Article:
40 Pages Posted: 14 Feb 2010
Date Written: February 14, 2010
According to agency theory, including performance-based consideration (earnout clauses) in the merger contract should align parent and retained target management incentives, leading to better merger performance. Yet, earnouts are frequently not paid out because retained target management fail to reach the performance milestones specified in the contingent provision. So, why does incentive alignment fail? The decision-making literature offers a possible explanation for the inconsistency. Prospect theory suggests that the performance contingent consideration in an earnout clause may be framed as a potential loss or gain, leading retained target management to display risk-seeking or risk-averse behavior. Risk-seeking or risk-averse behavior may positively or negatively impact merger outcomes, depending on the merger characteristics. In this paper, I examine whether specific merger characteristics, including parent’s customer strategy and characteristics of the target’s technology, impact if the M&A deal value is framed in terms of total consideration (earnout is perceived as a potential loss) or guaranteed consideration (earnout is perceived as a potential gain).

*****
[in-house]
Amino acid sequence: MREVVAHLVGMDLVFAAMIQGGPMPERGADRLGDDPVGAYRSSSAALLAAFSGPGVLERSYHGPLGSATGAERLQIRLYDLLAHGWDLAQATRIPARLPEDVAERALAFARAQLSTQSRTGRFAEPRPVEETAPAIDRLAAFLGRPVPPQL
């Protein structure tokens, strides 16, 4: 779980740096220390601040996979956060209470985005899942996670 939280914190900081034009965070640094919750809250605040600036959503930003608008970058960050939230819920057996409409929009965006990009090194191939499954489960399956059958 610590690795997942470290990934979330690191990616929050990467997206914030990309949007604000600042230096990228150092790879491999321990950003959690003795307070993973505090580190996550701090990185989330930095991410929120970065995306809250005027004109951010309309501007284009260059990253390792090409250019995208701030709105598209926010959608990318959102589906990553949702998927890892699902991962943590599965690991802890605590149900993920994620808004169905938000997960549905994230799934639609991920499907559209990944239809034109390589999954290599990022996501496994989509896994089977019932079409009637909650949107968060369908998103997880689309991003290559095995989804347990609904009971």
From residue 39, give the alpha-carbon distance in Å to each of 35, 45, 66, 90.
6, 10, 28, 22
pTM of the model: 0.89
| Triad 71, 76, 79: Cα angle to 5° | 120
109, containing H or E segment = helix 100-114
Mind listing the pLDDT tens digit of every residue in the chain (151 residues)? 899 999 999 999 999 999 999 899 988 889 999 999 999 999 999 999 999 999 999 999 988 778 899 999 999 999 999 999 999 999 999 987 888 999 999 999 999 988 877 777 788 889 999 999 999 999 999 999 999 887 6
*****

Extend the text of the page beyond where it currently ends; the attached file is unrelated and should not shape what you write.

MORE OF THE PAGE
Keywords: M&A, Prospect Theory, Contract Capability
Suggested Citation: Suggested Citation
Weber, Libby, The Right Frame of Mind for M&A: The Impact of Merger Characteristics on M&A Deal Frames (February 14, 2010). Available at SSRN: https://ssrn.com/abstract=1552975 or http://dx.doi.org/10.2139/ssrn.1552975